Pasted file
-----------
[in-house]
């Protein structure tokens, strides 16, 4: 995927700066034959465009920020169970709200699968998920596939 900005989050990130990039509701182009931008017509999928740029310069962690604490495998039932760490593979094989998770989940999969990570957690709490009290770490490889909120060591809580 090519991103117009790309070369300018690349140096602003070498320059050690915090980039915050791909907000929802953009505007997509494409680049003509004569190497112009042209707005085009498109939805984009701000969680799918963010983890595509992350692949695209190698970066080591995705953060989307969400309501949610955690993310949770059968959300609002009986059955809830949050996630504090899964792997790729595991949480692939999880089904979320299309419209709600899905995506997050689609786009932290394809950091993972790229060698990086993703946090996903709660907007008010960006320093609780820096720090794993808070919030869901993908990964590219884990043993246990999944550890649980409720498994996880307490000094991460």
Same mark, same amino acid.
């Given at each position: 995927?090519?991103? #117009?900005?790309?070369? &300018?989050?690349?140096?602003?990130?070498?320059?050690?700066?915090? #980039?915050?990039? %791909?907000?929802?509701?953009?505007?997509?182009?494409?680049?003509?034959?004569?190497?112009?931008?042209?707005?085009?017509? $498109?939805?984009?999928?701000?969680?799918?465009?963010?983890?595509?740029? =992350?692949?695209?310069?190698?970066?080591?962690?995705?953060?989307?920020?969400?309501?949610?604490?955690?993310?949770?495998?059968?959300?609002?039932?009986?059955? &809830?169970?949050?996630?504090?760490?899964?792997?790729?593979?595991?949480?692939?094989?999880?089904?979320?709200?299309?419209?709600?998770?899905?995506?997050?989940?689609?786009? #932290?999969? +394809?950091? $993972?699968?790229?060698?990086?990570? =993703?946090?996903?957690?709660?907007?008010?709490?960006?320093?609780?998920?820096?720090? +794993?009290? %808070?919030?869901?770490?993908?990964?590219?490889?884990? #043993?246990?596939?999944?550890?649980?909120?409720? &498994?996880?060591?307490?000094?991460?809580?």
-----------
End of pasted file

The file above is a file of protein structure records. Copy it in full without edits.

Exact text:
[in-house]
């Protein structure tokens, strides 16, 4: 995927700066034959465009920020169970709200699968998920596939 900005989050990130990039509701182009931008017509999928740029310069962690604490495998039932760490593979094989998770989940999969990570957690709490009290770490490889909120060591809580 090519991103117009790309070369300018690349140096602003070498320059050690915090980039915050791909907000929802953009505007997509494409680049003509004569190497112009042209707005085009498109939805984009701000969680799918963010983890595509992350692949695209190698970066080591995705953060989307969400309501949610955690993310949770059968959300609002009986059955809830949050996630504090899964792997790729595991949480692939999880089904979320299309419209709600899905995506997050689609786009932290394809950091993972790229060698990086993703946090996903709660907007008010960006320093609780820096720090794993808070919030869901993908990964590219884990043993246990999944550890649980409720498994996880307490000094991460």
Same mark, same amino acid.
């Given at each position: 995927?090519?991103? #117009?900005?790309?070369? &300018?989050?690349?140096?602003?990130?070498?320059?050690?700066?915090? #980039?915050?990039? %791909?907000?929802?509701?953009?505007?997509?182009?494409?680049?003509?034959?004569?190497?112009?931008?042209?707005?085009?017509? $498109?939805?984009?999928?701000?969680?799918?465009?963010?983890?595509?740029? =992350?692949?695209?310069?190698?970066?080591?962690?995705?953060?989307?920020?969400?309501?949610?604490?955690?993310?949770?495998?059968?959300?609002?039932?009986?059955? &809830?169970?949050?996630?504090?760490?899964?792997?790729?593979?595991?949480?692939?094989?999880?089904?979320?709200?299309?419209?709600?998770?899905?995506?997050?989940?689609?786009? #932290?999969? +394809?950091? $993972?699968?790229?060698?990086?990570? =993703?946090?996903?957690?709660?907007?008010?709490?960006?320093?609780?998920?820096?720090? +794993?009290? %808070?919030?869901?770490?993908?990964?590219?490889?884990? #043993?246990?596939?999944?550890?649980?909120?409720? &498994?996880?060591?307490?000094?991460?809580?």